Glue Pulling Repair Becoming More Commonly Used in Auto Body Shops

The GPR Continuum

For more than 30 years, collision repair technicians have experimented with glue pulling repair (GPR) techniques to fix vehicles.

The tooling and techniques have improved over the years, allowing an increasing number of auto body shops to adopt GPR in their facilities, according to Chris White, president of KECO Body Repair Products.


Chris White, left, president of KECO Body Repair Products, and Gene Fetty, right, KECO’s master technician.

“Glue pull repair is rapidly changing how collision repair work is done,” said White. “It is the least invasive, best-quality method to repair a dent today.”

KECO has more than 50 years of experience in plastics. Founded in 1963, the company was purchased by White in 2004. Two years later, it doubled in size and has continued to expand over the years.

In 2018, KECO opened a GPR facility and headquarters for body repair products in Oklahoma City, OK. Today, the team manufactures tabs, tools and accessories and provides training to dent and collision repair technicians.

The company’s Level 2 GPR System was awarded the SEMA 2021 New Product of the Year in Collision & Refinish.

During the SEMA Show, White teamed up with Gene Fetty, KECO’s master technician, to share information about GPR and demonstrate KECO’s products. His presentation, “Glue Pull Repair---Pull to Paint, and Beyond,” was part of the Society of Collision Repair Specialists (SCRS) Repairer Driven Education Series and recorded for future viewing here.

White explained GPR is a non-invasive cold straightening repair technique to pull dents with plastic tabs in various shapes and sizes. The tabs are adhered to a panel’s clear coat with specialized hot melt glues and then pulled with lifting devices.

“This method of damage removal offers significant advantages over traditional collision repair techniques because it does not remove e-coatings and corrosion protection applied to the panel by the vehicle manufacturer,” noted White. “This yields a simpler, cleaner repair that can significantly reduce the amount of body fillers and/or paint to finish.”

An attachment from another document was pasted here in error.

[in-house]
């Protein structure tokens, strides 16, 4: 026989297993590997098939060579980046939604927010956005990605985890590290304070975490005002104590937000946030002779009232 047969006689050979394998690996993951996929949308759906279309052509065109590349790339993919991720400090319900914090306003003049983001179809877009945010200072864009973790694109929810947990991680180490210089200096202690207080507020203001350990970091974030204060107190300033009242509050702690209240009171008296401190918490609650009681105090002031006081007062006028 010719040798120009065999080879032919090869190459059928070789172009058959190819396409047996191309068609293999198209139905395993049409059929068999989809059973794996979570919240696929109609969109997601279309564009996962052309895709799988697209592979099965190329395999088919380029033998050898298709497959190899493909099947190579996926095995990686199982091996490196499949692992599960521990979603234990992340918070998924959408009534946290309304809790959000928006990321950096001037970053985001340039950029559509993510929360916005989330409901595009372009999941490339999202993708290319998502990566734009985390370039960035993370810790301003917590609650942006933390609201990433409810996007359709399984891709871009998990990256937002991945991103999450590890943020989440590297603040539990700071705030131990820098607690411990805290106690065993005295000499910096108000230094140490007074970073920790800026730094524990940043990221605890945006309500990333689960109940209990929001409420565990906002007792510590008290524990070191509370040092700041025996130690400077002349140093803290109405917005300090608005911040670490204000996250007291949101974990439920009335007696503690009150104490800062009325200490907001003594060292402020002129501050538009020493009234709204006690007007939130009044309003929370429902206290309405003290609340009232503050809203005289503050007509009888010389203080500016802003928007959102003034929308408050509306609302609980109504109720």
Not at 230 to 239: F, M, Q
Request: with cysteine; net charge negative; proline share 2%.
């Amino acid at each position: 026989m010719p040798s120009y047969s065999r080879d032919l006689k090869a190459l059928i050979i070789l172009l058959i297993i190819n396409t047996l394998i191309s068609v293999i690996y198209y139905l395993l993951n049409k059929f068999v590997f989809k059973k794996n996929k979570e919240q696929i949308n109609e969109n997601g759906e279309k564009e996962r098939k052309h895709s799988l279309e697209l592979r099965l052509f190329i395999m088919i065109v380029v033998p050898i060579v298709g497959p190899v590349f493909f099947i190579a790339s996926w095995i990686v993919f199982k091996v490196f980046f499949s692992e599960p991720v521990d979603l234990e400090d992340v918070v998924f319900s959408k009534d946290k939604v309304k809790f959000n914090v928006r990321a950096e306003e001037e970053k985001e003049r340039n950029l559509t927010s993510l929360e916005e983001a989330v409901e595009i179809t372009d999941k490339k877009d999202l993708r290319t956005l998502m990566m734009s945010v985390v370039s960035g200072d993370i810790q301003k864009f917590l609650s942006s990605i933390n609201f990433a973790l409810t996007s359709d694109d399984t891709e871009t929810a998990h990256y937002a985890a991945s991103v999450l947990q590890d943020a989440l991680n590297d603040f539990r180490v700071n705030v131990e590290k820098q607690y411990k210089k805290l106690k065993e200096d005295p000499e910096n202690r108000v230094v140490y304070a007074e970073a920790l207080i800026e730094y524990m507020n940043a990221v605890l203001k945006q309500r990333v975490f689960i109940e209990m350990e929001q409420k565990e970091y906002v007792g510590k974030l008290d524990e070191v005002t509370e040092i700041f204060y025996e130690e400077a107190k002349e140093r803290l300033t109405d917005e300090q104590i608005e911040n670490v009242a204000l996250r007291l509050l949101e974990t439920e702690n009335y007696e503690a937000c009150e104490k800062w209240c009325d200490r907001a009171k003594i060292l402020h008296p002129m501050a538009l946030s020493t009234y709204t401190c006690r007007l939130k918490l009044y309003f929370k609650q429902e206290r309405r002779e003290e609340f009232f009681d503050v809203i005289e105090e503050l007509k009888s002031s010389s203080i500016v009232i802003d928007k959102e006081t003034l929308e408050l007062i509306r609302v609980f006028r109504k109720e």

White is currently receiving inquiries from hundreds of shops a month interested in adding GPR to their repair arsenal.
“Body work has been done for so long that a lot of guys think there is only one way to fix a dent,” said Derek Heinrichs, manager of City Collision II in Pittsburgh, PA. After experiencing GPR first-hand and physically doing it, Heinrichs said they will continue using this repair method in their body shop.

GPR is Not PDR

Like paintless dent repair (PDR), GPR aims to save as much of the original finish as possible so there’s little to no filling, priming and painting at the end of the repair. In addition, no stud welding is required.

Although GPR is similar to PDR in some ways, White said “GPR is not PDR.”

However, he said, with much more time and skill applied and with many times the use of additional PDR push tools, the GPR process can be a means to a full PDR.

GPR is mainly used as a tool for conventional dent repair and enables technicians to avoid disturbing or damaging the insulation and sensitive electronics on the reverse side of the panel.

In addition, he said, technicians experience less damage to the clear coat and less distortion of the metal. This leads to less harmful dust, painting and replacement of panels.

“We’ve found over and over again that panels, particularly aluminum, that needed to be replaced are now repairable,” he said.

A wide range of metals is compatible with GPR, including mild steel, high-strength steel and most aluminum. However, he encourages repairers always to check the OEM procedures.